PUDR’s opposition to the penalty of death is three decades old. Like everything else our opposition on capital punishment is evolving and is a ‘work in progress’. Starting with serious objections to the arbitrariness inbuilt in awarding Death Penalty, the fact that almost all death row convicts have come from lower echelons of society convinced us of its unjustness and that in an unequal society even dispensation of justice is stacked against the poor. Secret hanging of Ajmal Kasab and particularly the cold blooded political execution of Afzal Guru, bowing to orchestrated demand for his execution in the name of “collective conscience” made it evident that India’s criminal justice system allows free play for social biases based on class, caste and community.
The capital punishment to Kehar Singh in January 1989, for his alleged involvement in the conspiracy to assassinate Prime Minister Indira Gandhi, evoked strong reaction from the civil liberties and democratic rights groups as he was hanged on the basis of circumstantial evidence. An important intervention for us was in 1996 when we fought for the commutation of death sentence awarded to two Dalit landless labourers, Vijay Vardhan Rao and Chalapthi Rao, who had caused the death of 23 people accidentally by setting a bus on fire.In 2004 when the All India Committee Against Capital Punishment was formed it furthered our movement along the same lines in two cases particularly, the Bara massacre case and Dhananjay Chaterjee case.On a similar note, PUDR, through a petition, tried to avert the hanging of Dhananjoy Chatterjee accused of raping and brutally murdering a young girl in Kolkata in 1990.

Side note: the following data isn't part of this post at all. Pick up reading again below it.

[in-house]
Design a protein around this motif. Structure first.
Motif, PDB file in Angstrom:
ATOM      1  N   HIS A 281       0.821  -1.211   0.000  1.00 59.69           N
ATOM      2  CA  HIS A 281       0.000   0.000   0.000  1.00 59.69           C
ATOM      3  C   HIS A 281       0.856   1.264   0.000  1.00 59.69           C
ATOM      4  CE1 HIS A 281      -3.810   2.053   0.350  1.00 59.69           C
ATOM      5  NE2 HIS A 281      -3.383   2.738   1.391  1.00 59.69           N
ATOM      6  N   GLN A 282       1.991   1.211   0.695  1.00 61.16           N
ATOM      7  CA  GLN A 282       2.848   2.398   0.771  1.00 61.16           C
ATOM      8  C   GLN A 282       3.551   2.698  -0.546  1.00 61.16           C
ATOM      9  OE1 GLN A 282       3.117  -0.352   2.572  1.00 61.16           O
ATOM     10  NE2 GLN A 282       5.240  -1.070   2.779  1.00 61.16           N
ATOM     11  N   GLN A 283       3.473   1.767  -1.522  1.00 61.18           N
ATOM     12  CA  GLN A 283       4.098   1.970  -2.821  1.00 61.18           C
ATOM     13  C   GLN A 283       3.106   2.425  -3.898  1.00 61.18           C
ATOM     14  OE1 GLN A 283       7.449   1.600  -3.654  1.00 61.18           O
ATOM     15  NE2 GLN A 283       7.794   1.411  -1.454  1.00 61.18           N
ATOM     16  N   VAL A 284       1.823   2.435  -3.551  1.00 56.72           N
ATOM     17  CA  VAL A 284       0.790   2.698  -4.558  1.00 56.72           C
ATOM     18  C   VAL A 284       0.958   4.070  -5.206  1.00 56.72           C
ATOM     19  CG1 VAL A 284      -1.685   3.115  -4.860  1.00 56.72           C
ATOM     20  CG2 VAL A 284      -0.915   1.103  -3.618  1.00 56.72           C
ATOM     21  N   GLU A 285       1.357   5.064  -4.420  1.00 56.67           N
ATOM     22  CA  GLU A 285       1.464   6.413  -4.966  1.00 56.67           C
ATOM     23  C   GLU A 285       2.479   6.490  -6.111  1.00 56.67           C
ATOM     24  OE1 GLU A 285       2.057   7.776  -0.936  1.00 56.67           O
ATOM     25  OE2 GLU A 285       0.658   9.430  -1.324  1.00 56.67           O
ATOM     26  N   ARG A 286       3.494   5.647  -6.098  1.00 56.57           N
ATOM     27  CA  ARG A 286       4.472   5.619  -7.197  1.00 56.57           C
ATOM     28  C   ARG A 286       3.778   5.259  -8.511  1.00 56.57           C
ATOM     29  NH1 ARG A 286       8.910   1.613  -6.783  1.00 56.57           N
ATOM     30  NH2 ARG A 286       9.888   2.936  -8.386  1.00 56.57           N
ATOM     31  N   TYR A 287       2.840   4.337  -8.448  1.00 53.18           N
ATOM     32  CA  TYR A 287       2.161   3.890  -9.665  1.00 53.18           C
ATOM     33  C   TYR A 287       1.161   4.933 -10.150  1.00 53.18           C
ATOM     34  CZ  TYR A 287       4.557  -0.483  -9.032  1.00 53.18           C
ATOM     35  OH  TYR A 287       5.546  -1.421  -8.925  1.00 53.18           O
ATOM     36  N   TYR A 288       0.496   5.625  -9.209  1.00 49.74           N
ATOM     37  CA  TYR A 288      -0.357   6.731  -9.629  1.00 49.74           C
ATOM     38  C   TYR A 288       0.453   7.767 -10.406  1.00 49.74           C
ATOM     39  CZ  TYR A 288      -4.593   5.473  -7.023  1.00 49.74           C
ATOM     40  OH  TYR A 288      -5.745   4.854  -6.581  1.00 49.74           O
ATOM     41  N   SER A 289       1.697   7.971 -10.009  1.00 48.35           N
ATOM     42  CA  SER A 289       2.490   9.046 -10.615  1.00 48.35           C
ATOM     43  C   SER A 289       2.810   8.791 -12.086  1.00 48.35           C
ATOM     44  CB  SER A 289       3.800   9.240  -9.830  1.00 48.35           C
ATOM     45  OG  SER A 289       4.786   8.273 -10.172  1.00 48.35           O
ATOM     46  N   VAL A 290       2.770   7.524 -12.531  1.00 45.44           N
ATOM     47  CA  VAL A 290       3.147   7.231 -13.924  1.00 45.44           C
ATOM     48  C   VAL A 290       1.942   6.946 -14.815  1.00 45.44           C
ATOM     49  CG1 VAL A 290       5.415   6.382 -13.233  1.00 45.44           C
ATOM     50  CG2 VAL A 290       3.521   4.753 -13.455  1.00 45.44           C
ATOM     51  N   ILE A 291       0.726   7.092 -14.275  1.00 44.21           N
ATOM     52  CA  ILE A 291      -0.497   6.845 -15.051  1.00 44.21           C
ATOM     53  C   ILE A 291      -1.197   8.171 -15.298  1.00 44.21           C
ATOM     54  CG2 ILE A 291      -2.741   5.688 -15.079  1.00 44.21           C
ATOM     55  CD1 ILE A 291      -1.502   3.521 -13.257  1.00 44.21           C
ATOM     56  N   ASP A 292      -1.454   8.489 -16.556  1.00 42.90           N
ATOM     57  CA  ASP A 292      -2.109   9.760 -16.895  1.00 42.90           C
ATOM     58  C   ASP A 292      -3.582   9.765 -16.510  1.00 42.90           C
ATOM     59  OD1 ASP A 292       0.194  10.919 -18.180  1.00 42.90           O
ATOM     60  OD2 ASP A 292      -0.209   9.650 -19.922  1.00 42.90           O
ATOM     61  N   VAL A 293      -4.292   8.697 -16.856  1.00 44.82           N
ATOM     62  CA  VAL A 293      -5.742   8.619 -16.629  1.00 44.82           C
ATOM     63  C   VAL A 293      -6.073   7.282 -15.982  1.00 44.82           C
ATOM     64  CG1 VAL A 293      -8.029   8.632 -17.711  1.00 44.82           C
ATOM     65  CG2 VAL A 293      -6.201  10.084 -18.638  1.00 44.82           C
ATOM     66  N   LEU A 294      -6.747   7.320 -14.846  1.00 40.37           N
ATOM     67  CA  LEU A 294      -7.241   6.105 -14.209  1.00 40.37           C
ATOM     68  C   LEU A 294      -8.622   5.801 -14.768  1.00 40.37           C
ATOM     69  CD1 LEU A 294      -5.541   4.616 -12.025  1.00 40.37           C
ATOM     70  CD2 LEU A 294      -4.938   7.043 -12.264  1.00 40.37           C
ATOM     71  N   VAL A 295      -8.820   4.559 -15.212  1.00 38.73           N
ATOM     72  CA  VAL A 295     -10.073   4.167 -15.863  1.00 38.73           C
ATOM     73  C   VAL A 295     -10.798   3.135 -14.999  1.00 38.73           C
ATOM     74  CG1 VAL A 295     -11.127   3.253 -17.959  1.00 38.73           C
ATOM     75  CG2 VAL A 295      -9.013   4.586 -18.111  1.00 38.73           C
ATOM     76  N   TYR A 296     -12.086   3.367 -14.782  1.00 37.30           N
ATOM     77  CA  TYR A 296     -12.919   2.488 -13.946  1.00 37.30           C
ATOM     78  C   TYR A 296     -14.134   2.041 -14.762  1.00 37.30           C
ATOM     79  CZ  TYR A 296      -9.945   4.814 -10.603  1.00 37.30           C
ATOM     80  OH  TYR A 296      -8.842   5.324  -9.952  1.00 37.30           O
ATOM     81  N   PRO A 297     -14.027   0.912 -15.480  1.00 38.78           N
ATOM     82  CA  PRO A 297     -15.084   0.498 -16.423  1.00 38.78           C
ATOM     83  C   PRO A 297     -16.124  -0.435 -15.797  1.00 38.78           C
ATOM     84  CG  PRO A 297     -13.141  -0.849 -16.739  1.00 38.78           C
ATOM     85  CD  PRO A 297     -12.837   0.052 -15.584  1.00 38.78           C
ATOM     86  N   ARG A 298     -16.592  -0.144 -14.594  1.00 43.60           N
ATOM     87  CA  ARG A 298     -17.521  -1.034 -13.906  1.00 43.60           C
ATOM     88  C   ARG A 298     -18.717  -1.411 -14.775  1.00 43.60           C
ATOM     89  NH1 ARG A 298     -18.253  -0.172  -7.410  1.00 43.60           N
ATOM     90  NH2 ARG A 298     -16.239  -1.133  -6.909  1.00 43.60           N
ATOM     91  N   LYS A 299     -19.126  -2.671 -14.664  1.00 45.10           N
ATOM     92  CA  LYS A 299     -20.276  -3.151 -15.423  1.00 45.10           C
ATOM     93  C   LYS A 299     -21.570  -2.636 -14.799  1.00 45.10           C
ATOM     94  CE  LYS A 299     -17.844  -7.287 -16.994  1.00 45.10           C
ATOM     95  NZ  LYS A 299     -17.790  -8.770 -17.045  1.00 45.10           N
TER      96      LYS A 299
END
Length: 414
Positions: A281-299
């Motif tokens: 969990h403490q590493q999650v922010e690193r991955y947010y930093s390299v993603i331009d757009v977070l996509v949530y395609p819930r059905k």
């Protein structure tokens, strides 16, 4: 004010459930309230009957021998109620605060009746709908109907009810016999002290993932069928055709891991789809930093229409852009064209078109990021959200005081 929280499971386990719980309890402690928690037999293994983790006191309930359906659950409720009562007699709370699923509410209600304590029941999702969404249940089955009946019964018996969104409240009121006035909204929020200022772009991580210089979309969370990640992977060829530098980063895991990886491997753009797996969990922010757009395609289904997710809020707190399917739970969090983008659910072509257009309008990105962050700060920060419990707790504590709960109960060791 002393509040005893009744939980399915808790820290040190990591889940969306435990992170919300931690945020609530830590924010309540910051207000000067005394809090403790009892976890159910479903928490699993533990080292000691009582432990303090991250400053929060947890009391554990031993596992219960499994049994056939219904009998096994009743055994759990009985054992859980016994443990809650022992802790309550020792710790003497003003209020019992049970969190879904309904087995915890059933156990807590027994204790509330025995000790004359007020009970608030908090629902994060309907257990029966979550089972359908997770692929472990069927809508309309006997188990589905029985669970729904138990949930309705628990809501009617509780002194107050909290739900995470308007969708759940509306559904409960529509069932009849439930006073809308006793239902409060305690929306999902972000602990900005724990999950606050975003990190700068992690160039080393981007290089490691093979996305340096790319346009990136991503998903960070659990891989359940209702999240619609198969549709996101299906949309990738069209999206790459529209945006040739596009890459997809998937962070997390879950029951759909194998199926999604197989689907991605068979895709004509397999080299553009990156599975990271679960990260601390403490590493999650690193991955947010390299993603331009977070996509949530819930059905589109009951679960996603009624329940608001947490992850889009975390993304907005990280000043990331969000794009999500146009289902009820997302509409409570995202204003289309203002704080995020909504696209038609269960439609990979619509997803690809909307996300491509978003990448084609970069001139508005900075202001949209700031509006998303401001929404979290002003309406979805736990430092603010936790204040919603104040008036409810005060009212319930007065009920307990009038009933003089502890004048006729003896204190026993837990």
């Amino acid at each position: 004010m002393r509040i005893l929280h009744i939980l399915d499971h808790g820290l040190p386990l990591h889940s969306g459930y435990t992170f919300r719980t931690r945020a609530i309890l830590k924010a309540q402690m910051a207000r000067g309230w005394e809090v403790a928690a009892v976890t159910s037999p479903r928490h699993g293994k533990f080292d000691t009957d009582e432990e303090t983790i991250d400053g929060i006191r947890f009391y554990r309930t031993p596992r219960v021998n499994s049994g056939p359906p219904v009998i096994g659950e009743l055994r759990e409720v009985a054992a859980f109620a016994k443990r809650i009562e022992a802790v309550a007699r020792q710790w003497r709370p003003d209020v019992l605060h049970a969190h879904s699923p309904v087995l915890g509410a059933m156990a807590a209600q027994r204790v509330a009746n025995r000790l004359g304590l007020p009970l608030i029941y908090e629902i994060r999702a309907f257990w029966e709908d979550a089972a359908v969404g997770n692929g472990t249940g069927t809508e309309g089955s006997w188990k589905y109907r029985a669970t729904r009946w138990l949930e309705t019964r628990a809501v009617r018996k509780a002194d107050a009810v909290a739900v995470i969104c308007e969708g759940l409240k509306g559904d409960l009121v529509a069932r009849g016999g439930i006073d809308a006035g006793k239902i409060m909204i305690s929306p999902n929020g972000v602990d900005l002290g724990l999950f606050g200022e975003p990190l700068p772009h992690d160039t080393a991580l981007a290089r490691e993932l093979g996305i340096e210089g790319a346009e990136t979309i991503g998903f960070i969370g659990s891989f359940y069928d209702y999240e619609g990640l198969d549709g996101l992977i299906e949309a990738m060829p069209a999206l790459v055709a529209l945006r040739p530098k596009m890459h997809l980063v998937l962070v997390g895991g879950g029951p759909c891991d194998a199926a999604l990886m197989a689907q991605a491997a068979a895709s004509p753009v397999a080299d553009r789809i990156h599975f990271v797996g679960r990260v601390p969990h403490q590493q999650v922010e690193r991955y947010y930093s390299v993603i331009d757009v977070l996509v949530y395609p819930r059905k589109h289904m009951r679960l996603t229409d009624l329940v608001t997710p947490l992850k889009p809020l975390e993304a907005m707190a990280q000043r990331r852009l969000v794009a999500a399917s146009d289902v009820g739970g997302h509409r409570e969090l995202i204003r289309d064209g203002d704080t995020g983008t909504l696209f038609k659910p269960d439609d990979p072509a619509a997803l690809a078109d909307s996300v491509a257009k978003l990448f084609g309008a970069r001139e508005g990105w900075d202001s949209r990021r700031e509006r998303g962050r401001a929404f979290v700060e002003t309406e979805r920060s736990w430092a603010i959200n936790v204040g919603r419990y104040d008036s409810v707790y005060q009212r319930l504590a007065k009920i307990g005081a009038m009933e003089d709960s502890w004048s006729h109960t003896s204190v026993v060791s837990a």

If the assumption behind death penalty is that of justice through punishment, then hanging is a form of punishment that punishes the body for avenging the crime committed. That brings us to the entire debate on the rationale of punishment. What is the purpose behind punishment? Does it mean only avenging the crime or does it have a purpose beyond also?
The 21st January 2014 Supreme Court judgment which commuted the death sentence of 15 convicts more or less resonated the arguments that we had been building for opposing death penalty. The judgment arose in a matter brought up by PUDR and others before the Chief Justice’s Court. While we rejoice that 15 death sentences have been commuted, there are about 414 convicts on death row, and the Penalty of Death remains in our statue books.
While demanding the abolition of death penalty, PUDR argues also for reform of jails as correctional institutions and for addressing the issue of proportionality between Crime and Punishment, among other issues that need to be taken up simultaneously.